Stars: Ossie Davis, Charles S. Dutton, Andre Braugher, Richard Belzer, De'aundre Bonds
Genre: Drama, History
Rating: R (Restricted)
Runtime: 120 minutes
Prolific director Spike Lee (Do the Right Thing, Malcolm X) offers the fictionalized account of the pilgrimages black men all across the country made to the Million Man March in Washington, D.C., and the process showcases a fine ensemble cast of eclectic actors. Shot in a fast-paced low-budget style, the film chronicles a bus trip beginning in Los Angeles and the passengers, all from vastly divergent ages, backgrounds, and beliefs, getting to know one another and discussing their respective reasons for making the trip. The group, including a gay couple, a father and his son, a cop, and an actor, each confront the hostilities and prejudices they have faced as well as the ones they hold within themselves. And along the road they encounter incidents that bring into sharp focus the need they feel to acknowledge their heritage and shared struggle. Frequently entertaining in its rapid pace and cutting dialogue, this small but ambitious effort is sure to provoke debate even as it entertains. --Robert Lane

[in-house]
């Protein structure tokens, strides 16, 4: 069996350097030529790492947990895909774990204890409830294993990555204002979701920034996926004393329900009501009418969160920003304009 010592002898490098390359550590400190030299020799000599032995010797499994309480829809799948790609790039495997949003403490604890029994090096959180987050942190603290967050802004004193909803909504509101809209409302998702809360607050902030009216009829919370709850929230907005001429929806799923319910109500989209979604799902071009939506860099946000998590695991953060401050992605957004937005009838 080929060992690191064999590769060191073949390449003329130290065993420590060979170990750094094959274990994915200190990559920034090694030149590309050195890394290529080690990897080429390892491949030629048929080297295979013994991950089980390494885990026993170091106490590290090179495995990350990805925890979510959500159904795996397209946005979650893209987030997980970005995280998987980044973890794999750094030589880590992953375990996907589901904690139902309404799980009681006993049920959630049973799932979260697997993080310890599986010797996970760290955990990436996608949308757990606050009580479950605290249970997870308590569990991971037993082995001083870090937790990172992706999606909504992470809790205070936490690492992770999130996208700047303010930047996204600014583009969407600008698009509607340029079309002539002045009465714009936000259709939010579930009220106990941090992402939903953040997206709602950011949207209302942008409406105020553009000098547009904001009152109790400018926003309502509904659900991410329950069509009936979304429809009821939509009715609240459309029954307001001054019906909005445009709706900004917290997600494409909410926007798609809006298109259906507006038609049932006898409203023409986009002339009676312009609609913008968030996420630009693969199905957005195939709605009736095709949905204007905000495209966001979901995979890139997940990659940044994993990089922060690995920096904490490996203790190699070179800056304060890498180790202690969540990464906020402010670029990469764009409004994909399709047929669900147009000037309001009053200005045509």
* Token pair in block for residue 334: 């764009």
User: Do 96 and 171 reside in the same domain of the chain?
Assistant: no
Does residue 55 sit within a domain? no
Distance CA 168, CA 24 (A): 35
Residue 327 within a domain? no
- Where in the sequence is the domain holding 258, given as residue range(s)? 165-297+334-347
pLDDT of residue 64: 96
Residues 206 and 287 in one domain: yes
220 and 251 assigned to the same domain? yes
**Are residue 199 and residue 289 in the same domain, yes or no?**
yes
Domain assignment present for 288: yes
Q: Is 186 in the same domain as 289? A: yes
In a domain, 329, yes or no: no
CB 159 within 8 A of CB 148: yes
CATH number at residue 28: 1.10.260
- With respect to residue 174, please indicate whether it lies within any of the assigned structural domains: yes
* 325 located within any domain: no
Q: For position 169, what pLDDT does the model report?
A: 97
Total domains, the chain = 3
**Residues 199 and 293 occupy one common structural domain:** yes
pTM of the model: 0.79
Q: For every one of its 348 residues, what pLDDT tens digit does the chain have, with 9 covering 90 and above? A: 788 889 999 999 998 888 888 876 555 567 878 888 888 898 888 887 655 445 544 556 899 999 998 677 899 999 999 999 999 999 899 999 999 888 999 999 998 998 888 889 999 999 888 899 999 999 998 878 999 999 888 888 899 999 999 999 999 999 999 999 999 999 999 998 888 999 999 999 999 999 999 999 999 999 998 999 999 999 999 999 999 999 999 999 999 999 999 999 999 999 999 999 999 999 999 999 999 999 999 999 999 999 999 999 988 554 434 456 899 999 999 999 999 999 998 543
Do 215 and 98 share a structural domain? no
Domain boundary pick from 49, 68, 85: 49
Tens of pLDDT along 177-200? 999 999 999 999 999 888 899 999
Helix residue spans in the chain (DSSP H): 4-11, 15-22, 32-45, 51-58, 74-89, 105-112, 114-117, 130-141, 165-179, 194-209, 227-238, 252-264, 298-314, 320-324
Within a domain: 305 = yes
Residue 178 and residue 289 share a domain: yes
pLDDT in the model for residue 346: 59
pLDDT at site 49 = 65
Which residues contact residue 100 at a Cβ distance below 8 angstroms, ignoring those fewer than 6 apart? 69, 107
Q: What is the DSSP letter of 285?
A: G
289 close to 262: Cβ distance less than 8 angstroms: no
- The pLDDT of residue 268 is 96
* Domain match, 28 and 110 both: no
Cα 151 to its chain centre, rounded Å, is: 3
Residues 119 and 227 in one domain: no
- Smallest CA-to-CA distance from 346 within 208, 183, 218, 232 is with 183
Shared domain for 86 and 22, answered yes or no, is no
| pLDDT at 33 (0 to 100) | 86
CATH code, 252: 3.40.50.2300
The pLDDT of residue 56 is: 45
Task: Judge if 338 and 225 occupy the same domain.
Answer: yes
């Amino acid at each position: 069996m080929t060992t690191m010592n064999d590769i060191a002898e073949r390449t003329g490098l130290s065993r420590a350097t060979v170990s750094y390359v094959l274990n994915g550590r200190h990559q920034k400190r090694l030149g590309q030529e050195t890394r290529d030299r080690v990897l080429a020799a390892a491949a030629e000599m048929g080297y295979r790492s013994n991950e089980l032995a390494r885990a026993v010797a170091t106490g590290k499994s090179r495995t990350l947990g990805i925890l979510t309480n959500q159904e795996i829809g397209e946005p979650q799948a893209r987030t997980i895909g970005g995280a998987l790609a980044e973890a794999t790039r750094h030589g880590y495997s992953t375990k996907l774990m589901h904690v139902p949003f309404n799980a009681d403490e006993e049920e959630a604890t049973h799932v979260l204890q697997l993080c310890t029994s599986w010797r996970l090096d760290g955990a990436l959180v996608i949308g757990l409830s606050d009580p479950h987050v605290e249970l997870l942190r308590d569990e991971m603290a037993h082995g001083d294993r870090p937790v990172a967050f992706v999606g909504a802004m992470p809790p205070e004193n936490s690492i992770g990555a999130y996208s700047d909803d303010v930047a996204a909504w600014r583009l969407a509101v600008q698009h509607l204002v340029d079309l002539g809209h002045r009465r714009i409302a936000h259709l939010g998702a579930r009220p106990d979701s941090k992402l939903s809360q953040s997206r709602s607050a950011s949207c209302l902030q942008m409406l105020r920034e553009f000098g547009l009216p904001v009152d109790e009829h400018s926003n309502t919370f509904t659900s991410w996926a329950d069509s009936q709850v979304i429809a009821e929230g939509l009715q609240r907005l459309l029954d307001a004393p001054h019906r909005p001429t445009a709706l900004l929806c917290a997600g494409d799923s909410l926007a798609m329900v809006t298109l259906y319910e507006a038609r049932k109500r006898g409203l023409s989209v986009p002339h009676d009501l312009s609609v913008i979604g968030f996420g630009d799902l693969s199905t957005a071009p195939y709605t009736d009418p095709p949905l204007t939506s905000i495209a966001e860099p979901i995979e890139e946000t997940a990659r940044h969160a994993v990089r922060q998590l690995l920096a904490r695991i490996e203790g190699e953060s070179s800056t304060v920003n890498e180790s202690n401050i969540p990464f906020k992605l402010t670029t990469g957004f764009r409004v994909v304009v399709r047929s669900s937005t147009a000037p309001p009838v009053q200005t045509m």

Why are you even going to the march?
Niggas and cars, cars and niggas. Niggas need cars like cars need niggas. I gotta make me some money. You think I'm gonna miss out on all that networking, shit nigga you must be crazy. I got a joke for ya, nigga: What do you get when you cross a million lesbians and the million man march?
Ok, what do you get when you cross one million lesbians and the million man march?
Two million mother-fuckers who don't do dick.
You niggas somethin' else.
Nigga, nigga, nigga, nigga, nigga, all you niggas!
Hey Wendell, I got a joke for you: What do they call a black man with a Lexus dealership?